Jaguars Year in Review
2014 Pass Attempts Rank: 16th (557)
2014 Rush Attempts Rank: 28th (360)
2014 Total Offensive Plays Rank: 27th (988)
2014 Yards Per Play Rank: 31st (4.7)
Check out the team-by-team fantasy preview schedule.
Projected Starting Lineup
Passing Game Outlook
Sporting revamped mechanics to go along with ideal athleticism and size, I don't think it's hyperbole to say Blake Bortles looked like a young John Elway during the 2014 preseason, completing 63% of his passes with a 10.2 YPA and no turnovers across 55 drop backs. Bortles' mechanics broke down in the real games, however, and he became skittish in the pocket while delivering the football like an off-balance baseball pitcher rather than a quarterback. Bortles continues to offer big-time tools, and spent this offseason working with passing guru Tom House and improving his conditioning. Will the changes take hold when the bullets go live, or will they regress like they did last year? Bortles is a mystery at this point, and it's hard to be overly bullish about him based on the available data. The Jags did what they could to bolster Bortles' supporting cast, dumping money into TE Julius Thomas and RT Jermey Parnell before using top-70 draft picks on new feature back T.J. Yeldon and powerful G/C A.J. Cann. There will be an increased emphasis on the running game after OC Jedd Fisch was fired for putting too much on his rookie quarterback's plate.
Allen Robinson's first-year pace line in eight starts was 86-946-4, which would've been tremendous production for a rookie who didn't turn 21 until late August and missed the entire offseason and much of training camp with a hamstring injury. Robinson suffered a broken foot in Week 10 and went on I.R. A Demaryius Thomas-level talent with better ball skills, Robinson stands 6-foot-3, 220 and ran 4.47 with an incredible 42-inch vertical at his Pro Day. Still not 22, Robinson is a prime breakout candidate even amid concerns with his quarterback play. He has a chance to be a target monster in an offense where Robinson will be fed the ball on bubble screens in addition to downfield routes. Big, highly athletic, and ticketed for a voluminous role, Robinson could blow the cover off his sixth-round ADP. By all accounts, Robinson looked every bit a future star at OTA and minicamp practices.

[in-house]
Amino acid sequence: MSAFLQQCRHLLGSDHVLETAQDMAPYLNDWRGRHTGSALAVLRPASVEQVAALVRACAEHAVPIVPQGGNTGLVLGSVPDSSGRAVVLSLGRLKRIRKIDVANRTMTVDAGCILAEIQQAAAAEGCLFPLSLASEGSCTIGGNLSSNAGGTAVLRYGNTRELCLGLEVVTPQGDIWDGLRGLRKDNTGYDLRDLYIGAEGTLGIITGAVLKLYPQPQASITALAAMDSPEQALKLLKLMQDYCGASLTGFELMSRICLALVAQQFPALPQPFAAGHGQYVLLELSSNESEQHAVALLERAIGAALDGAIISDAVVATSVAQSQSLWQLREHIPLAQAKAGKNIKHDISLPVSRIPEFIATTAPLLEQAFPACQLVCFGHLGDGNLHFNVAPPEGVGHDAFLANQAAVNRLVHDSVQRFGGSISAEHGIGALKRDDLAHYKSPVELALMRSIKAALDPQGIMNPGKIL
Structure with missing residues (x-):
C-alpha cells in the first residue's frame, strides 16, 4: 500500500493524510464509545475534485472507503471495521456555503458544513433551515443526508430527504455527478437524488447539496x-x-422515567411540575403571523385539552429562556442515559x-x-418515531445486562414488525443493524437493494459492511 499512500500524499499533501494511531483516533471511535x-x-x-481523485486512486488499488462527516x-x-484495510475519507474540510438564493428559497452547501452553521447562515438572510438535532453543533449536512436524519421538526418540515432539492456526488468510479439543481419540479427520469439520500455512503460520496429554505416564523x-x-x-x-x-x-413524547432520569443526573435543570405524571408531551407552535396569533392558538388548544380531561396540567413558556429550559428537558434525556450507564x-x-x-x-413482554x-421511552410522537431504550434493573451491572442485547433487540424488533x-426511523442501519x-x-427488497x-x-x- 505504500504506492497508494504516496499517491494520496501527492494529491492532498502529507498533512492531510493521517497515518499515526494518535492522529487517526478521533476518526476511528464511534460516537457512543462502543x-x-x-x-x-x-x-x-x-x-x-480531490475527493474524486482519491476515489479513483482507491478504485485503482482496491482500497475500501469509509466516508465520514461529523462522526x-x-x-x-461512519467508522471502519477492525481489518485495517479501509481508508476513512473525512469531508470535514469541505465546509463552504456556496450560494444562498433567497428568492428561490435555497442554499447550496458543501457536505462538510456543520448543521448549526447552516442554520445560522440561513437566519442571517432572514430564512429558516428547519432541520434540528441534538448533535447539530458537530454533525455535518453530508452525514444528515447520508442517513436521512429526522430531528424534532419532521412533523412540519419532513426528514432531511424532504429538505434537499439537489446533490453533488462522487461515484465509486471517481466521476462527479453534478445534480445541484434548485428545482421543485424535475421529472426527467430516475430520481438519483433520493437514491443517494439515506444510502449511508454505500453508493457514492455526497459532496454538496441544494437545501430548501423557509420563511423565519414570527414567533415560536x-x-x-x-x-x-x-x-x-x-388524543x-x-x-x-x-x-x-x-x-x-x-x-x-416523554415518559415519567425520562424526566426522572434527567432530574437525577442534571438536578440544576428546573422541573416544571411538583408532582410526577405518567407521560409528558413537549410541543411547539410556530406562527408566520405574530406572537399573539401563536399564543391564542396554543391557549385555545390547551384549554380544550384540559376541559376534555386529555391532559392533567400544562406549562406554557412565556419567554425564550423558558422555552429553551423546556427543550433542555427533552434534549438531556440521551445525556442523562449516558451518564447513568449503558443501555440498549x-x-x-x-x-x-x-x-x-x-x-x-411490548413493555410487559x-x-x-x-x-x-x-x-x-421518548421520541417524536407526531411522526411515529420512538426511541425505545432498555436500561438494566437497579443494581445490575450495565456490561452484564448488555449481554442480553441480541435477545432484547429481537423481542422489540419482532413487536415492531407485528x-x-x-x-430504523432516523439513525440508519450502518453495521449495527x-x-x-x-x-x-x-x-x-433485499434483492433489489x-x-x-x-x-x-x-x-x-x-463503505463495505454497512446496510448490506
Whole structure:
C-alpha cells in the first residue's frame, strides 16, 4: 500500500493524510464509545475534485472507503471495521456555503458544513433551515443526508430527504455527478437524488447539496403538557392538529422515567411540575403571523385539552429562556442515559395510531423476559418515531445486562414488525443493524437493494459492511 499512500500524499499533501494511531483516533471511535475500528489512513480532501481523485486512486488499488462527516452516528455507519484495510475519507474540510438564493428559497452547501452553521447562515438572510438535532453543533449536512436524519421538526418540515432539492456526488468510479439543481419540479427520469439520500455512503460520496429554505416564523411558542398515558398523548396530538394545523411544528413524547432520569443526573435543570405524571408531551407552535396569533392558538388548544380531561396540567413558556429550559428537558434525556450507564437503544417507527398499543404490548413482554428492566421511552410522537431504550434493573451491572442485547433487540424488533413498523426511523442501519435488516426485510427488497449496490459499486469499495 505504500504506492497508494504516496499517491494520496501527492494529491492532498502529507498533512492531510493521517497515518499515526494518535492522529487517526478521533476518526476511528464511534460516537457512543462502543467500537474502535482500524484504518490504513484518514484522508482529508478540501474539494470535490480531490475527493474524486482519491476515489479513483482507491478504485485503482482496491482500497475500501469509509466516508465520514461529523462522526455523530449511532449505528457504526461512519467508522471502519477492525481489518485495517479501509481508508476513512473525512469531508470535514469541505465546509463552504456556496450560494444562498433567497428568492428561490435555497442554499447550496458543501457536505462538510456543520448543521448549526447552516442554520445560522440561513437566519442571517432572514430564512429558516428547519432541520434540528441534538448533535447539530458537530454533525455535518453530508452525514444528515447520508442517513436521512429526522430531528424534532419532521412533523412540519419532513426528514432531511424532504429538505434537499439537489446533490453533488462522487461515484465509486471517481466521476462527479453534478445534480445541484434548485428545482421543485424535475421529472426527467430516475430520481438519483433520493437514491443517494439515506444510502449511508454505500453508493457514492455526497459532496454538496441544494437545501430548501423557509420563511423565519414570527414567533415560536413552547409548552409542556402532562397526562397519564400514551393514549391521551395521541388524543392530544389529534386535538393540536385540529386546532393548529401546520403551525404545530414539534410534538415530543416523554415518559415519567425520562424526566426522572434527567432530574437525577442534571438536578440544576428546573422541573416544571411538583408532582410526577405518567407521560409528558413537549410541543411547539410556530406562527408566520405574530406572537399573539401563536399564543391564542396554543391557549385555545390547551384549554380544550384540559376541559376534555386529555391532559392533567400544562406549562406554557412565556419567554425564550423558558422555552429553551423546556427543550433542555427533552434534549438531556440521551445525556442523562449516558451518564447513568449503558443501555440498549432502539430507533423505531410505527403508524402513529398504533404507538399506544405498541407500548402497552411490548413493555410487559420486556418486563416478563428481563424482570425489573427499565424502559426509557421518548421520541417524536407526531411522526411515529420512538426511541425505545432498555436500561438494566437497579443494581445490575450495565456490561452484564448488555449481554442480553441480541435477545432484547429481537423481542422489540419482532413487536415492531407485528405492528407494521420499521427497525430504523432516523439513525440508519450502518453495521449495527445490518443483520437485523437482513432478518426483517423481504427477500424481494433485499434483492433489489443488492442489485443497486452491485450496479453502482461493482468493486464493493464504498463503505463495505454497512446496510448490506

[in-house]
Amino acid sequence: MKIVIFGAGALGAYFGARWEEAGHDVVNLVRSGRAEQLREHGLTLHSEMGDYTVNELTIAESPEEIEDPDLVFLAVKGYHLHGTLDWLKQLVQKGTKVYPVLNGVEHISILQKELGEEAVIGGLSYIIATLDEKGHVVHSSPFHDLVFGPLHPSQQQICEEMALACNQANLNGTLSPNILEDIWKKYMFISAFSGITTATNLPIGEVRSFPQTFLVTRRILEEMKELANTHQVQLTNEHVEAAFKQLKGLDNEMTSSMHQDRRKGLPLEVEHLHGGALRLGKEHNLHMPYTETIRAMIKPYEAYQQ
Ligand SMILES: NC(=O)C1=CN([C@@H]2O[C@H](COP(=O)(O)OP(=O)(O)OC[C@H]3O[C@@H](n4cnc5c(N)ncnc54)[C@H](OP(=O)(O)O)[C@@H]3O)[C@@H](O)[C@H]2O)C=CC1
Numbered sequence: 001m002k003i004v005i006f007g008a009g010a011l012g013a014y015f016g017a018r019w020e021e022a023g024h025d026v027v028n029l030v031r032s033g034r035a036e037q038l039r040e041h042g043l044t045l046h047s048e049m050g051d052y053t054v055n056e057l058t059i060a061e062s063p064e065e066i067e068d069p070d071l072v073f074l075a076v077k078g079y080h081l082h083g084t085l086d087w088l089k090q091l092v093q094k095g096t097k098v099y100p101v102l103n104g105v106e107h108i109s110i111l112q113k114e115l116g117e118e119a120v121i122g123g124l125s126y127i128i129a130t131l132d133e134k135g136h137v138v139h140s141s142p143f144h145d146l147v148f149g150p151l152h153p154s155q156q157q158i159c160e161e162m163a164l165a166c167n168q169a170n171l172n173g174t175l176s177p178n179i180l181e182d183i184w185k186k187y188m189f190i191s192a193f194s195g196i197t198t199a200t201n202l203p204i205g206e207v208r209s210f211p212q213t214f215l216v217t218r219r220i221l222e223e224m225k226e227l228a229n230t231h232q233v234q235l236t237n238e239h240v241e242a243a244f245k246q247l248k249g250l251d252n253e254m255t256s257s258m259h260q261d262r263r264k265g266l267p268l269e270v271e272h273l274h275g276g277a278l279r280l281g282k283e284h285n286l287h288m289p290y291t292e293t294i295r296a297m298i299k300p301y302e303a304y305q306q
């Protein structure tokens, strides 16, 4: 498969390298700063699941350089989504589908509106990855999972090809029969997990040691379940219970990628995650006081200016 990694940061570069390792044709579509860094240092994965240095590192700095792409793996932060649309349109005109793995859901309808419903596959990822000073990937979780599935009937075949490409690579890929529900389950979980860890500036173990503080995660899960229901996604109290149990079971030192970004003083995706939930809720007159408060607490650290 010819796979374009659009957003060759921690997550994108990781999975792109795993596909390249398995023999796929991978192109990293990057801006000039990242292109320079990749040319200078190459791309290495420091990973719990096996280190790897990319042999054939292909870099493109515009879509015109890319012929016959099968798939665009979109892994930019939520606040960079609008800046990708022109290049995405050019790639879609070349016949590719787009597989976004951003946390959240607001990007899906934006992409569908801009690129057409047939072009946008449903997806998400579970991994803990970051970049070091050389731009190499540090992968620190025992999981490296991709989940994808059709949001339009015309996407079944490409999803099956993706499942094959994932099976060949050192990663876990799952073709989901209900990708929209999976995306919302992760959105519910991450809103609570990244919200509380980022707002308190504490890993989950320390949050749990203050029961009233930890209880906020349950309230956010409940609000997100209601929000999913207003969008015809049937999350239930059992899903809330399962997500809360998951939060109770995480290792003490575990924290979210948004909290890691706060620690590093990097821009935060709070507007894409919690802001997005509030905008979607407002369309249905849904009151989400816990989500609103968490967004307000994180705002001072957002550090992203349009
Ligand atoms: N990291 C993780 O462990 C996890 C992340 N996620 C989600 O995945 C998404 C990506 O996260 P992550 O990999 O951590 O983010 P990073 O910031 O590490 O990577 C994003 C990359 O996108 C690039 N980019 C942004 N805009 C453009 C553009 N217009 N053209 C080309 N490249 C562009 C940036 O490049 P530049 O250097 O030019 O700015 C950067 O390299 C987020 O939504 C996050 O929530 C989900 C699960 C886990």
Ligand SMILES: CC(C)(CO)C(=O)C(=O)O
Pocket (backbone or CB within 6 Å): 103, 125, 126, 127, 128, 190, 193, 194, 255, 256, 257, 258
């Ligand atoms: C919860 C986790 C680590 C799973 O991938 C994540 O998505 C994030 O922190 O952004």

While Allen Robinson is locked in at X receiver, Marqise Lee will compete with Allen Hurns for the starting Z role. Lee is coming off an injury-plagued rookie year following an injury-plagued final season at USC. He proceeded to miss much of this offseason with a knee injury. Lee did flash down the stretch last year, topping 50 yards in four of the Jags' final six games. Although Lee was a ballyhooed prospect early in his college career, he has struggled with durability and efficiency in each of the last two seasons. He posted a concerning 12.3% drop rate as a college junior and dropped 7-of-69 targets as a rookie. Not particularly big (5'11 3/4, 192) or fast (4.52), it's fair to wonder about Lee's long-term ceiling. Post-minicamp reports suggested Lee will open training camp behind Robinson and Hurns on the depth chart.
Allen Hurns was not a compelling prospect coming out of Miami (FL) in 2014. He ran 4.55 at the Combine with a 31-inch vertical at 6-foot-1, 198, then went undrafted. Hurns capitalized on Allen Robinson and Marqise Lee's rookie-year injuries to lead the Jags in receiving yards (677) and touchdowns (6), however, even if Hurns' big games were sporadic and not bankable from a weekly standpoint. Hurns lost a supporter in Jedd Fisch -- Hurns' college offensive coordinator -- when the Jaguars replaced him with new OC Greg Olson, formerly of the Raiders. Still, Hurns remains in the hunt for a starting job after Lee endured an injury-ruined offseason. As Hurns can play all three receiver positions, he is likely assured a meaningful role in Jacksonville's passing game. The extent of Hurns' usage won't be determined until he battles Lee in camp, and could be decided on a game-by-game basis during the season.